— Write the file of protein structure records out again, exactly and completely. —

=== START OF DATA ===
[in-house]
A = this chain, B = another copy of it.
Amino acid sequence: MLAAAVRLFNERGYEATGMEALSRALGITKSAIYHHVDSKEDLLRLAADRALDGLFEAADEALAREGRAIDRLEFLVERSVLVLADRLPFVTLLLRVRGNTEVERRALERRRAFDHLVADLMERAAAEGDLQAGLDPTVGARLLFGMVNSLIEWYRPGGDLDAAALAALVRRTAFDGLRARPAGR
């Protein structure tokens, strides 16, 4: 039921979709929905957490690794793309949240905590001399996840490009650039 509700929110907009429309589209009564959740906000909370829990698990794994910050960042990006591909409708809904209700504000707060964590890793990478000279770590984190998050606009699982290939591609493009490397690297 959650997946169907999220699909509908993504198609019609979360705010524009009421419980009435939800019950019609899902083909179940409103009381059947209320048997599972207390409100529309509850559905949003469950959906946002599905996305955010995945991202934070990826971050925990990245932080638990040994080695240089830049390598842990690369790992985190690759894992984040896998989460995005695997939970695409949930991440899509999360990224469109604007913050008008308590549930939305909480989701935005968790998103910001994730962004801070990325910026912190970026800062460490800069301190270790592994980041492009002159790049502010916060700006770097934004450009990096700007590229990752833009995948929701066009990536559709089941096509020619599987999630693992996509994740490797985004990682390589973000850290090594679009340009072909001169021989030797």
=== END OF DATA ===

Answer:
[in-house]
A = this chain, B = another copy of it.
Amino acid sequence: MLAAAVRLFNERGYEATGMEALSRALGITKSAIYHHVDSKEDLLRLAADRALDGLFEAADEALAREGRAIDRLEFLVERSVLVLADRLPFVTLLLRVRGNTEVERRALERRRAFDHLVADLMERAAAEGDLQAGLDPTVGARLLFGMVNSLIEWYRPGGDLDAAALAALVRRTAFDGLRARPAGR
């Protein structure tokens, strides 16, 4: 039921979709929905957490690794793309949240905590001399996840490009650039 509700929110907009429309589209009564959740906000909370829990698990794994910050960042990006591909409708809904209700504000707060964590890793990478000279770590984190998050606009699982290939591609493009490397690297 959650997946169907999220699909509908993504198609019609979360705010524009009421419980009435939800019950019609899902083909179940409103009381059947209320048997599972207390409100529309509850559905949003469950959906946002599905996305955010995945991202934070990826971050925990990245932080638990040994080695240089830049390598842990690369790992985190690759894992984040896998989460995005695997939970695409949930991440899509999360990224469109604007913050008008308590549930939305909480989701935005968790998103910001994730962004801070990325910026912190970026800062460490800069301190270790592994980041492009002159790049502010916060700006770097934004450009990096700007590229990752833009995948929701066009990536559709089941096509020619599987999630693992996509994740490797985004990682390589973000850290090594679009340009072909001169021989030797």